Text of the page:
CNRS Laboratory of Chemical Physics

Paris, France

CNRS Laboratory of Chemical Physics

Paris, France
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Balcerzyk A.,CNRS Laboratory of Chemical Physics | Laverne J.,University of Notre Dame | Mostafavi M.,CNRS Laboratory of Chemical Physics
Journal of Physical Chemistry A | Year: 2011

Highly concentrated aqueous solutions of bromide were used to examine the total radical yield in the direct decomposition of water by γ-rays. Bromide concentrations were varied up to 6 M at which almost all OH • radicals, H• atoms, and hydrated electrons produced in the picosecond range oxidize bromide to ultimately form Br 3 -, a stable species that can easily be measured with a spectrometer. Considering only the decomposition of water in the presence of air and in acidic conditions, the apparent yield of oxidizing species is found to be around (10 ± 0.05) × 10-7 mol J-1. The absorption of irradiation dose by the solute at high concentration is discussed and quantitatively evaluated. At 6 M Br- solutions, 38% of the dose is absorbed by solutes and Br- is directly ionized. The optimal value for the initial yield of the radicals produced by direct radiolytic Br - ionization is found to be (9.6 ± 0.5) × 10 -7 mol J-1. © 2011 American Chemical Society.

Dupre-Crochet S.,University Paris - Sud | Dupre-Crochet S.,French Institute of Health and Medical Research | Erard M.,University Paris - Sud | Erard M.,CNRS Laboratory of Chemical Physics | And 2 more authors.
Journal of Leukocyte Biology | Year: 2013

In the phagocytosis field, ROS production by the phagocyte NOX has been associated with pathogen killing for the last 50 years. Since the discovery of nonphagocyte NOX, numerous other roles for ROS production have been identified. Oxidative stress and ROS-mediated signaling have received much attention in recent years. Much lower concentrations of ROS may be required for signaling compared with microbial killing. Based on the discoveries in nonphagocytic cells, it became logical to look for ROS functions distinct from pathogen killing, even in phagocytes. ROS are now linked to various forms of cell death, to chemotaxis, and to numerous modifications of cellular processes, including the NOX itself. ROS functions are clearly concentration-dependent over a wide range of concentrations. How much is required for which function? Which species are required for how much time? Is ROS signaling only a side effect of bactericidal ROS production? One major obstacle to answer these questions is the difficulty of reliable quantitative ROS detection. Signal transduction often takes place on a subcellular scale over periods of seconds or minutes, so the detection methods need to provide appropriate time and space resolution. We present examples of local ROS production, decreased degradation, signaling events, and potentially ROS-sensitive functions. We attempt to illustrate the current limitations for quantitative spatiotemporal ROS detection and point out directions for ongoing development. Probes for localized ROS detection and for combined detection of ROS, together with protein localization or other cellular parameters, are constantly improved. © Society for Leukocyte Biology.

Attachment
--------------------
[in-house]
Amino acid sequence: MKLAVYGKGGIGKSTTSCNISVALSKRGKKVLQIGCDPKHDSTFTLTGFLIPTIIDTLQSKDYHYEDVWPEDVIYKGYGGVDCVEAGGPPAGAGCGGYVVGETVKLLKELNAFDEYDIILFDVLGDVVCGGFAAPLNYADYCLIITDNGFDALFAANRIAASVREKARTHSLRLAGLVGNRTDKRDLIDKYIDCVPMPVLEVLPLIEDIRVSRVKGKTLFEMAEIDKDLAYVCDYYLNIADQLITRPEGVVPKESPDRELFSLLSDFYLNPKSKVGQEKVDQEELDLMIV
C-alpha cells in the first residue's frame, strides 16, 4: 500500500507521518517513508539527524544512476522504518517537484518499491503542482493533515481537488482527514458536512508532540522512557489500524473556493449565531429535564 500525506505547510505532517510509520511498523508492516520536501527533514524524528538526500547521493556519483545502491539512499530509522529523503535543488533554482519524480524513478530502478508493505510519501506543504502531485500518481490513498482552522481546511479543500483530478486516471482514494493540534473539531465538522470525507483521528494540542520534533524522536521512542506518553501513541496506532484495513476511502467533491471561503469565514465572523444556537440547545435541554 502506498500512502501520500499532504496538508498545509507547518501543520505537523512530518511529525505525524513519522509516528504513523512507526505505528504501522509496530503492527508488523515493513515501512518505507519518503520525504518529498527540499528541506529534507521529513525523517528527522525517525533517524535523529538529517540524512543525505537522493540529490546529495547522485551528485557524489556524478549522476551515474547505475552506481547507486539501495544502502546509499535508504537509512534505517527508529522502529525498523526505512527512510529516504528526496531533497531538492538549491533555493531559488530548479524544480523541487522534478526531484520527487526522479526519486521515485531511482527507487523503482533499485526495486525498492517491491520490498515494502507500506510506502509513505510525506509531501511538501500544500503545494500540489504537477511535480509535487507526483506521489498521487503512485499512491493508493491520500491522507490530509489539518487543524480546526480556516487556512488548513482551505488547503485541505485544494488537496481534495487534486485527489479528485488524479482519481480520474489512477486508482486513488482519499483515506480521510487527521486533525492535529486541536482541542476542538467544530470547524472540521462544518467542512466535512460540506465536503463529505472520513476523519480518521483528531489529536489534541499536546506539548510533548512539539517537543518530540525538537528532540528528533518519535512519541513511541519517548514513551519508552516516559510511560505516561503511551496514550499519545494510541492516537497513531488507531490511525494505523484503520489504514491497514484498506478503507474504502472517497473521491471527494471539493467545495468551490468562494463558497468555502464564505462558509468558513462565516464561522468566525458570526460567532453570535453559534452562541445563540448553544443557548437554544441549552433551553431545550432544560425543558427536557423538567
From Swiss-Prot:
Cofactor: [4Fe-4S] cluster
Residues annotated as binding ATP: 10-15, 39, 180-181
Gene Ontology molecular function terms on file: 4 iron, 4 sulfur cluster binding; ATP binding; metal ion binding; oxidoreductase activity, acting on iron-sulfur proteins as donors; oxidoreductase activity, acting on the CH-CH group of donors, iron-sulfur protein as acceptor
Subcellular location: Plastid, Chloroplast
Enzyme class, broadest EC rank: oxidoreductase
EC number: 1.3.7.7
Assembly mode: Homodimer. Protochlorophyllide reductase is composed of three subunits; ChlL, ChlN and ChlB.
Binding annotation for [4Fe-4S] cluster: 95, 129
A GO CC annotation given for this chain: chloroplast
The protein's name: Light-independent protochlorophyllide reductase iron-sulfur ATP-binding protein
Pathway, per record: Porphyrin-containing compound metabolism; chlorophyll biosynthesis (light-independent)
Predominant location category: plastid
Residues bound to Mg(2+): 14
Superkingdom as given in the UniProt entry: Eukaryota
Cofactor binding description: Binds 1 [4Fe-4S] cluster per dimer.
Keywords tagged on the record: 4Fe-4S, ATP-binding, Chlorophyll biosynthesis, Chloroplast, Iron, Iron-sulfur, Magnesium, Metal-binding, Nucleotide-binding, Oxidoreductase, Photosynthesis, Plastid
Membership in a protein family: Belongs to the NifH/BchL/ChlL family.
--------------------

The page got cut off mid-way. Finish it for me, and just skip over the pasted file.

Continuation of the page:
Plessis S.,University Paris - Sud | Carrasco N.,University of Versailles | Dobrijevic M.,University of Bordeaux 1 | Dobrijevic M.,French National Center for Scientific Research | And 2 more authors.
Icarus | Year: 2012